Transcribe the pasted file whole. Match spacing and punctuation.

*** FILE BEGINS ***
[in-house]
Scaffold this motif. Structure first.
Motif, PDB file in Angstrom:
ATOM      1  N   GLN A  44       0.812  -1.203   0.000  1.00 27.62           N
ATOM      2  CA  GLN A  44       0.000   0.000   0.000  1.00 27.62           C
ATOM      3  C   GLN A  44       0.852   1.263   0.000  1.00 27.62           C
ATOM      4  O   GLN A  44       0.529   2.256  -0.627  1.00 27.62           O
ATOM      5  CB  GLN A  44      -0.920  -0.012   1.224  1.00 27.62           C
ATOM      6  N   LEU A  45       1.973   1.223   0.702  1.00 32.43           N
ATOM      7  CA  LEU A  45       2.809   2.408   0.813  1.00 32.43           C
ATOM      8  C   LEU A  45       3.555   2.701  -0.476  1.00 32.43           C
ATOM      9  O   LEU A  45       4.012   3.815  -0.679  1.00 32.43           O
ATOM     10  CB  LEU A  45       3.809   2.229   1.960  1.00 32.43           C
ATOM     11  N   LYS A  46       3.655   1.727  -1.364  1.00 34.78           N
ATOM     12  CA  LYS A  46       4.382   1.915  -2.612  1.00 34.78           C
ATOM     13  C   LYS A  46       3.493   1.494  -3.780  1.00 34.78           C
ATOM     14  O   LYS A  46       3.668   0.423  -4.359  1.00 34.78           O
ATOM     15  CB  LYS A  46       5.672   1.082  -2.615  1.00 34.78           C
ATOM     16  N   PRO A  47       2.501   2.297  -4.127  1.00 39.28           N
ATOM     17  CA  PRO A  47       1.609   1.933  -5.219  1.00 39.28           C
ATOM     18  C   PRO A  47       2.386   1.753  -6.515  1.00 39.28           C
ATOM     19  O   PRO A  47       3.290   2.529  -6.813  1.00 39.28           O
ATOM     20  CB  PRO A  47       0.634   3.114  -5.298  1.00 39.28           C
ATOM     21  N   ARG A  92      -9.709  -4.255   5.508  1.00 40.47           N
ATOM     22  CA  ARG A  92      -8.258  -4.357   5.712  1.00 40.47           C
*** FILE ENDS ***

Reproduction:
[in-house]
Scaffold this motif. Structure first.
Motif, PDB file in Angstrom:
ATOM      1  N   GLN A  44       0.812  -1.203   0.000  1.00 27.62           N
ATOM      2  CA  GLN A  44       0.000   0.000   0.000  1.00 27.62           C
ATOM      3  C   GLN A  44       0.852   1.263   0.000  1.00 27.62           C
ATOM      4  O   GLN A  44       0.529   2.256  -0.627  1.00 27.62           O
ATOM      5  CB  GLN A  44      -0.920  -0.012   1.224  1.00 27.62           C
ATOM      6  N   LEU A  45       1.973   1.223   0.702  1.00 32.43           N
ATOM      7  CA  LEU A  45       2.809   2.408   0.813  1.00 32.43           C
ATOM      8  C   LEU A  45       3.555   2.701  -0.476  1.00 32.43           C
ATOM      9  O   LEU A  45       4.012   3.815  -0.679  1.00 32.43           O
ATOM     10  CB  LEU A  45       3.809   2.229   1.960  1.00 32.43           C
ATOM     11  N   LYS A  46       3.655   1.727  -1.364  1.00 34.78           N
ATOM     12  CA  LYS A  46       4.382   1.915  -2.612  1.00 34.78           C
ATOM     13  C   LYS A  46       3.493   1.494  -3.780  1.00 34.78           C
ATOM     14  O   LYS A  46       3.668   0.423  -4.359  1.00 34.78           O
ATOM     15  CB  LYS A  46       5.672   1.082  -2.615  1.00 34.78           C
ATOM     16  N   PRO A  47       2.501   2.297  -4.127  1.00 39.28           N
ATOM     17  CA  PRO A  47       1.609   1.933  -5.219  1.00 39.28           C
ATOM     18  C   PRO A  47       2.386   1.753  -6.515  1.00 39.28           C
ATOM     19  O   PRO A  47       3.290   2.529  -6.813  1.00 39.28           O
ATOM     20  CB  PRO A  47       0.634   3.114  -5.298  1.00 39.28           C
ATOM     21  N   ARG A  92      -9.709  -4.255   5.508  1.00 40.47           N
ATOM     22  CA  ARG A  92      -8.258  -4.357   5.712  1.00 40.47           C